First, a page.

5. Contribute like there’s no tomorrow. Based on your strengths, work on improving the organization’s systems, processes, methods, policies, and other practices. This will serve to not only make a positive difference to the organization, but also to help you feel a sense of accomplishment. If you can feel as if you have accomplished something, you know your strengths are serving you well.

Roman philosopher Lucius Annaeus Seneca said, “Luck is what happens when preparation meets opportunity.” Substitute “career” for the word “luck” and you can see how our strengths can be used to build happy and productive careers.

 

 

 

Value: Defined

Lots of people are talking about value these days – especially in light of Lean culture.

The Merriam-Webster dictionary provides eight definitions for “value.” The definitions relate to market price, luminosity, and denomination. From a business perspective, value is related to market price and the customer’s perception of a fair return on an exchange.

From a Lean perspective, value is anything that the customer is willing to pay for – as long as it meets these three criteria:

  1. The customer cares about it.
  2. The product or service must be physically transformed or the step toward transformation must be an essential prerequisite for another step.
  3. The product or service is delivered “right the first time.”

“Non-Lean” organizations sometimes have a tough time determining what it is that their customers’ value. But determining value is actually not that difficult. It comes down to ensuring that the above three criteria are met – all the time. Look at it this way:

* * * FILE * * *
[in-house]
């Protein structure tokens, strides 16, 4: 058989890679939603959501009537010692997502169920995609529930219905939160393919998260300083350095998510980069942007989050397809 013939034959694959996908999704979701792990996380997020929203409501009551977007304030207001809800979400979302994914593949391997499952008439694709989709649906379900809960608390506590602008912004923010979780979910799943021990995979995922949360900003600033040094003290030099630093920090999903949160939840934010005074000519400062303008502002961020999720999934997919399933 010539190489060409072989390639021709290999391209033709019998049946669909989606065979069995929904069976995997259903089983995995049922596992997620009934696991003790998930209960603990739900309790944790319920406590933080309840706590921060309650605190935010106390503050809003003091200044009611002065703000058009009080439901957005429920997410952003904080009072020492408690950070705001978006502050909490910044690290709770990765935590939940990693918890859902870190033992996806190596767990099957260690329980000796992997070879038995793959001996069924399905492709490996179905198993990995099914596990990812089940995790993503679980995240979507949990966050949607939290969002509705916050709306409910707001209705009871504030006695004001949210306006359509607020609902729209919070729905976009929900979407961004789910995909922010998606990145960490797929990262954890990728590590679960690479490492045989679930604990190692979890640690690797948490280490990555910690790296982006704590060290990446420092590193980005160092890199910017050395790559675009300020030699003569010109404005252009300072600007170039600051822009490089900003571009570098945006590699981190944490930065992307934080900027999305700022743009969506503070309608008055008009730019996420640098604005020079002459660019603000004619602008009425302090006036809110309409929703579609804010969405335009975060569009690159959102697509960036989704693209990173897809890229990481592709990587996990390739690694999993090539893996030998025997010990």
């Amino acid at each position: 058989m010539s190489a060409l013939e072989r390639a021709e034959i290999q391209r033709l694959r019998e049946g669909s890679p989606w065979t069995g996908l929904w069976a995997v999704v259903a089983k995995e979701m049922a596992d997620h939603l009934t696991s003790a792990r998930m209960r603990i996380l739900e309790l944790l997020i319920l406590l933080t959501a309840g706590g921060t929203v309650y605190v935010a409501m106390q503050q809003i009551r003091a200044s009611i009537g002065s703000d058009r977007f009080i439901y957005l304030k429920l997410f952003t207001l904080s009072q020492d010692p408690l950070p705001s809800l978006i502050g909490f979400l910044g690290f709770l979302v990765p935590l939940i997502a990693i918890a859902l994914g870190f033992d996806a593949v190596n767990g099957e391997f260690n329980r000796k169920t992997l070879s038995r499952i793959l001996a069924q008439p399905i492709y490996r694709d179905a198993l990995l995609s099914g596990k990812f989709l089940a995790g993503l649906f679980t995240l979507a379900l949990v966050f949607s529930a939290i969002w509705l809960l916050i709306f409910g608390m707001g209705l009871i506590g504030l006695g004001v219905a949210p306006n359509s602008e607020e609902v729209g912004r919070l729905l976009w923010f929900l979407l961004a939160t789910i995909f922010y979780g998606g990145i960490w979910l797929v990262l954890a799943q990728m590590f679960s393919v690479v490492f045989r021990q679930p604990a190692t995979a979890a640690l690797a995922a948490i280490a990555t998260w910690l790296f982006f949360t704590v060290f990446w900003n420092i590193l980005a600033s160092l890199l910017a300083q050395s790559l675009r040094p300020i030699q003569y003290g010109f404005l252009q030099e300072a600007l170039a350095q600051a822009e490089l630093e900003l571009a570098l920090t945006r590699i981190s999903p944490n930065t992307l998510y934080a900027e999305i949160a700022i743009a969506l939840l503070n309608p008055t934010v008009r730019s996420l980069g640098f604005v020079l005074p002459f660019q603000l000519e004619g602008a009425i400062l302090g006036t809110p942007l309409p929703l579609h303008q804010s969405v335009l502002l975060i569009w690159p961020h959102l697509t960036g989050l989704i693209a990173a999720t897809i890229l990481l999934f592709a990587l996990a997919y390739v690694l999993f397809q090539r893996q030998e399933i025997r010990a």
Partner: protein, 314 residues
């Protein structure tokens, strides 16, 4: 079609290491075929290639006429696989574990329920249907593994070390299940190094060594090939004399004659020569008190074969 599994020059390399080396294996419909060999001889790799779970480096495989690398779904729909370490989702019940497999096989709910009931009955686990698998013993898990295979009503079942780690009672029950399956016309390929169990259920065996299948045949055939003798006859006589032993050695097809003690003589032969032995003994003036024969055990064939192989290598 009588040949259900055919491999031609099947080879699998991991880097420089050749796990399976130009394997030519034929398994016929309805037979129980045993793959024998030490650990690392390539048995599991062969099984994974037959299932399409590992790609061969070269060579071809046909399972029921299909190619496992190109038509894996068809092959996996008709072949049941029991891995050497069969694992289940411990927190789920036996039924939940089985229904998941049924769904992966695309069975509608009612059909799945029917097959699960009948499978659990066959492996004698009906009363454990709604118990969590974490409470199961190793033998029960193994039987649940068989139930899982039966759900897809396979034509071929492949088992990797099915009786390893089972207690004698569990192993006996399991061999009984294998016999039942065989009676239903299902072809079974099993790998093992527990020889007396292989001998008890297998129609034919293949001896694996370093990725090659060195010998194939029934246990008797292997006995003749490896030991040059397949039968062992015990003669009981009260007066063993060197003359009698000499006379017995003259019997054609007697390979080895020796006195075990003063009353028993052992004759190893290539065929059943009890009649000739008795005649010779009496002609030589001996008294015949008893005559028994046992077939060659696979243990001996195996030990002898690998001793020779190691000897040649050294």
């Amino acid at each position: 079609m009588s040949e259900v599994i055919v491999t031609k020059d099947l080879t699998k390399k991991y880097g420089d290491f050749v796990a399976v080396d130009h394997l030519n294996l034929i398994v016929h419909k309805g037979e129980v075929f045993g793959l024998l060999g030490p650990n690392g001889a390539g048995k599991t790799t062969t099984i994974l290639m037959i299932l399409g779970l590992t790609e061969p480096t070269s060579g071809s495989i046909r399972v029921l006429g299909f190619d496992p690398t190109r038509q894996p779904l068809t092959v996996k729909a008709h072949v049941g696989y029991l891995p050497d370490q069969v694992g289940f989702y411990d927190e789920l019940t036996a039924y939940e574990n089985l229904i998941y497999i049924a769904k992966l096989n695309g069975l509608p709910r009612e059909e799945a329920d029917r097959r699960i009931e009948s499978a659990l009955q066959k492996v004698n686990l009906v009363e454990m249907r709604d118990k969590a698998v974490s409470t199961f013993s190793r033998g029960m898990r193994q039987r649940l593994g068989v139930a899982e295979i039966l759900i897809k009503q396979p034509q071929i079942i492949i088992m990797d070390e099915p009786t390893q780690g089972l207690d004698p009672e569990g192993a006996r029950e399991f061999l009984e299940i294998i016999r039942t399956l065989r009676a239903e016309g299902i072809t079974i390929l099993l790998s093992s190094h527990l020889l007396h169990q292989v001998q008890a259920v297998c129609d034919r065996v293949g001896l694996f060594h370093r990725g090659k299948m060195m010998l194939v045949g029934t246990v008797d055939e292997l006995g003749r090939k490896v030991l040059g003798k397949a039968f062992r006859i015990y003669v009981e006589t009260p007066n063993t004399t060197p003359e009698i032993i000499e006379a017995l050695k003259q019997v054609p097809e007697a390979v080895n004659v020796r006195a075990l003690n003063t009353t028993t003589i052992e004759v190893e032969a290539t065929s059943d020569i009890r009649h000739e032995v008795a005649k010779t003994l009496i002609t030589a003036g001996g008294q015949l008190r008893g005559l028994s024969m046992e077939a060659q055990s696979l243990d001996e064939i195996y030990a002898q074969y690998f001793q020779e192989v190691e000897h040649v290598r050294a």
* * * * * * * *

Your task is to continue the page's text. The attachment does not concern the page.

• An organization with efficient processes is able to keep its costs down. This results in a greater ability to attract more customers and translates to value for the customer.
  • An organization with inefficient processes incurs higher production costs. These costs get transferred to the customer. The customer does not see this as value.

Inefficiency can be a business killer. This is where Lean organizations have an edge over non-Lean organizations.

Lean cultures enable waste reduction in business processes that directly contribute to value for the customer. Lean cultures help businesses thrive.

If your customer values your product or services, they will pay your asking price. If your offering does not meet your customers’ criteria for value, the customer may still pay for it, but will definitely be shopping around next time they want the same thing.

Next time you complete a transaction with your customer, ask them to rate the value that they just received from you. Their response will tell you how well you are actually doing compared to how well you think you’re doing. Consider it a reality check.

Value is the key to organizational survival. If an organization consistently delivers poor value to its customers, it goes out of business. It’s that simple.